Cyclist fined almost £600 for ignoring Mansfield’s bike ban

Message that “people on bikes aren’t welcome in Mansfield” is reinforced by the fine, says Cycling UK

A cyclist caught riding his bike in Mansfield town centre, where cycling is banned under a Public Space Protection Order (PSPO), has been ordered by a court to pay almost £600 in fines and costs, with Cycling UK saying that it reinforces the perception that “people on bikes aren’t welcome” there.

Christopher Cobb, aged 22, was spotted by a council neighbourhood warden heading on his mountain bike from Market Place to the Nottinghamshire town’s library, reports the Mansfield Chad.

He got off his bike after being told to do so, but 10 minutes later the same warden saw him riding on West Gate and given a fixed penalty notice in the sum of £100.

After failing to pay it, Cobb was summonsed to appear at Southern Derbyshire Magistrates’ Court but failed to appear and, with no plea entered, was fined £440 plus £100 costs and a victim surcharge of £44.

Mansfield District Council’s portfolio holder for safer communities, Councillor Bill Drewett, commented: “Cycling has been prohibited in the pedestrianised area of Mansfield town centre to protect pedestrians.

“There are alternative routes around the town centre or cyclists can act in a responsible fashion and get off and push their bicycles through the town centre.

“This cyclist had the opportunity to pay a much lower fixed penalty of £100 but chose to ignore it which is why he is now facing a much higher penalty as a result of the case having to go to court.”

Introduced last year in a bid to combat anti-social cycling, Mansfield’s PSPO received national attention in August after road.cc reported that Stage 4 of last month’s Tour of Britain was scheduled to start in the part of the town where cyclists are banned, with BBC News among the outlets that subsequently reported on it.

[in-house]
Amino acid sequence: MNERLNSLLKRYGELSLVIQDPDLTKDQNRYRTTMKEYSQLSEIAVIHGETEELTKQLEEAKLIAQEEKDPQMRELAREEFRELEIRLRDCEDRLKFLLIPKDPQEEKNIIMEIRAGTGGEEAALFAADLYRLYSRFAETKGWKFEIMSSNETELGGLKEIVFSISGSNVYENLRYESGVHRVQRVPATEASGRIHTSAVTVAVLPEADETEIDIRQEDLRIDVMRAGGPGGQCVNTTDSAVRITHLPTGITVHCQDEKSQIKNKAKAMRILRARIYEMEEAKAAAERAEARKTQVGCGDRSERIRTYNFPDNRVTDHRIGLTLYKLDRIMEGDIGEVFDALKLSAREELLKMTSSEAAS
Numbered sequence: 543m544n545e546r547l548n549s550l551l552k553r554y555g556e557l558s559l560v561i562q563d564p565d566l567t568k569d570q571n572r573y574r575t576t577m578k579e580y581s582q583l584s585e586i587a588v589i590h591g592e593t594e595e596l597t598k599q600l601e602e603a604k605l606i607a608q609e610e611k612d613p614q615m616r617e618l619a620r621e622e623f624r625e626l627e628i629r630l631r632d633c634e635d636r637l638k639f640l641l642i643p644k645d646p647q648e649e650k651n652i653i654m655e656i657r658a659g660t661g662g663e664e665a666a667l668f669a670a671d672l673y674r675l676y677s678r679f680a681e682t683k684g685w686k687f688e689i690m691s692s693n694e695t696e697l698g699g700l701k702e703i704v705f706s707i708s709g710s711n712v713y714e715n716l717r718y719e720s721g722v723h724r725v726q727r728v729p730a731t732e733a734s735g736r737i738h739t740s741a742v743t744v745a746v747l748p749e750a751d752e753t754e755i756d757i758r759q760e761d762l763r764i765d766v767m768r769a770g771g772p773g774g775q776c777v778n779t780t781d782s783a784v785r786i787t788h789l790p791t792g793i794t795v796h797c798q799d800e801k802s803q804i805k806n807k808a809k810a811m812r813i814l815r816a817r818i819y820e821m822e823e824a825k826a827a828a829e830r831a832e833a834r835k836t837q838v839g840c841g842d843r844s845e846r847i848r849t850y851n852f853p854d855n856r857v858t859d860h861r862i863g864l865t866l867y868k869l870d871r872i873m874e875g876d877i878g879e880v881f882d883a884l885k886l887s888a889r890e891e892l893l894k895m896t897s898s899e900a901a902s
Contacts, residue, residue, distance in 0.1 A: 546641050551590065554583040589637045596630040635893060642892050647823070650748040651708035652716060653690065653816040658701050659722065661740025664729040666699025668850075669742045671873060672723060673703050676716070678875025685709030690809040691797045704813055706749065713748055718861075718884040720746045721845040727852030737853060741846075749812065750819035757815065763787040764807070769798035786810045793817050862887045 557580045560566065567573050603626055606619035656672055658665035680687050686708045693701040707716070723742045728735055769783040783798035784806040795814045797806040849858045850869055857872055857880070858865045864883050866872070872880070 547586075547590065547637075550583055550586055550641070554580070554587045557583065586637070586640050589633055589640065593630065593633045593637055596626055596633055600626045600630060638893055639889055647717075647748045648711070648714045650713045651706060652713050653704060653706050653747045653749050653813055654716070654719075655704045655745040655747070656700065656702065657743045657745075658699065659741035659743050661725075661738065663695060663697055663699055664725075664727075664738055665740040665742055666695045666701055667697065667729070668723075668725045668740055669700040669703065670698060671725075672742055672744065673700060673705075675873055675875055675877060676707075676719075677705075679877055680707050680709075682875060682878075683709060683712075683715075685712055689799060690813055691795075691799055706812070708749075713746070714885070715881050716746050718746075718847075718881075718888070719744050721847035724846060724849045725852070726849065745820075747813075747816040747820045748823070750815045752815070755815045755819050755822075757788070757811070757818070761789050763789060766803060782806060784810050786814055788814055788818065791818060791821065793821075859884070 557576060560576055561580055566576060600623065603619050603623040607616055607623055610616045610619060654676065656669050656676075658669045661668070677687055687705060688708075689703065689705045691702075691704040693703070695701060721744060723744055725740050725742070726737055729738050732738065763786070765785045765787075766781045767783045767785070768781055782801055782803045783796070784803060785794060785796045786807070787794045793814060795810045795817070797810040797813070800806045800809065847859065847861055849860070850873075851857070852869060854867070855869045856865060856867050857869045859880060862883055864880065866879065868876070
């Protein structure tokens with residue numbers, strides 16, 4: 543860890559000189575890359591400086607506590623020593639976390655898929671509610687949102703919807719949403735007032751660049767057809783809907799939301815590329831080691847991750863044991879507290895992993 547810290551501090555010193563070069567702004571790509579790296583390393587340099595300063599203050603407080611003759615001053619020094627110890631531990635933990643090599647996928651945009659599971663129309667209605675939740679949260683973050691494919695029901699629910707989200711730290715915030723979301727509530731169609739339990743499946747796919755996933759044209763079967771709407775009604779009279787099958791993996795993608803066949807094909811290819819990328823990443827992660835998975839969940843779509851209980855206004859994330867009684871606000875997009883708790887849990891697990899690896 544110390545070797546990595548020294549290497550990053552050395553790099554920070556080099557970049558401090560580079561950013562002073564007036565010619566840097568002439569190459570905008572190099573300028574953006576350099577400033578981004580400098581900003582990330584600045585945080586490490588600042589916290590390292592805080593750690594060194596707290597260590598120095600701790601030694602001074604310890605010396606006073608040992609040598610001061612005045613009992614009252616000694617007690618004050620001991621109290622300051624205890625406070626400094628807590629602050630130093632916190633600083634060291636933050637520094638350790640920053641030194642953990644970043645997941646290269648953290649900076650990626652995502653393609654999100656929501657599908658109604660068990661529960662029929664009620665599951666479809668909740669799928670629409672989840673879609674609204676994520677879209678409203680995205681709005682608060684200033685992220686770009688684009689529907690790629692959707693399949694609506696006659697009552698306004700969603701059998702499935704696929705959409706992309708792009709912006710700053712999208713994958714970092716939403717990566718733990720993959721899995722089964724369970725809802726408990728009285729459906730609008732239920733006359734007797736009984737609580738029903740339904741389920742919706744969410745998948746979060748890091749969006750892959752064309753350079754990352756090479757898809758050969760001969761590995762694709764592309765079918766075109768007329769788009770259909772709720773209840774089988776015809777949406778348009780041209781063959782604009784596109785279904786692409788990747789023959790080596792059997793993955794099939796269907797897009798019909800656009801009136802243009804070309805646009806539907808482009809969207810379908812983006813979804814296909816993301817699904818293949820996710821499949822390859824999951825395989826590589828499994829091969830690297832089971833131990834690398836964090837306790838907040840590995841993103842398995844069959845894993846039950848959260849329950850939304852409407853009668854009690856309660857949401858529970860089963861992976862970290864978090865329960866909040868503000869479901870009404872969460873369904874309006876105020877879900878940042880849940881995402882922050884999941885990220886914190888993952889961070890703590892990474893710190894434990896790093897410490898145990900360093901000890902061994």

> Council that bans cyclists from town centre … hosts Tour of Britain stage start in town centre

Last year, Cycling UK, acting through the cyclists’ defence fund, said it was supporting an appeal by six cyclists against the PSPO in what is believed to be the only legal challenge yet brought against a local authority in connection with the controversial legislation.

That appeal has not yet been heard, with the charity telling road.cc that the case has been adjourned since the Home Office were revising their guidance on PSPOs, and the circumstances in which they should be made, and because Mansfield Council were prepared to consult again, with a view to varying the PSPO.

That consultation has now been launched in response to the revised Home Office guidelines. It remains open until 25 October and Cycling UK is currently drawing up its response.

The council proposes changing the times the PSPO is in effect from 24 hours a day to between 6pm and 7am, as well as reducing the area to which it applies.

 Duncan Dollimore, head of campaigns at Cycling UK, told road.cc: “A fine of nearly £600 for cycling in the town centre sends a very simple message: people on bikes aren’t welcome in Mansfield, unless of course the Tour of Britain’s coming to town for a stage start, when all of sudden cyclists aren’t a menace and a danger to pedestrians, but can be welcomed with open arms.

 “Hopefully Mansfield Council will reflect on the reputation they’ve created for themselves as the town that doesn’t like cyclists, and consider the revised Home Office guidance on PSPOs during its new consultation on proposed variations to the existing bicycle ban,” he continued.

“They might like to ask themselves whether they’re really tackling anti-social behaviour, or just imposing a ban because they think they can.”

Simon has been news editor at road.cc since 2009, reporting on 10 editions and counting of pro cycling’s biggest races such as the Tour de France, stories on issues including infrastructure and campaigning, and interviewing some of the biggest names in cycling. A law and languages graduate, published translator and former retail analyst, his background has proved invaluable in reporting on issues as diverse as cycling-related court cases, anti-doping investigations, and the bike industry. He splits his time between London and Cambridge, and loves taking his miniature schnauzer Elodie on adventures in the basket of her Elephant Bike.

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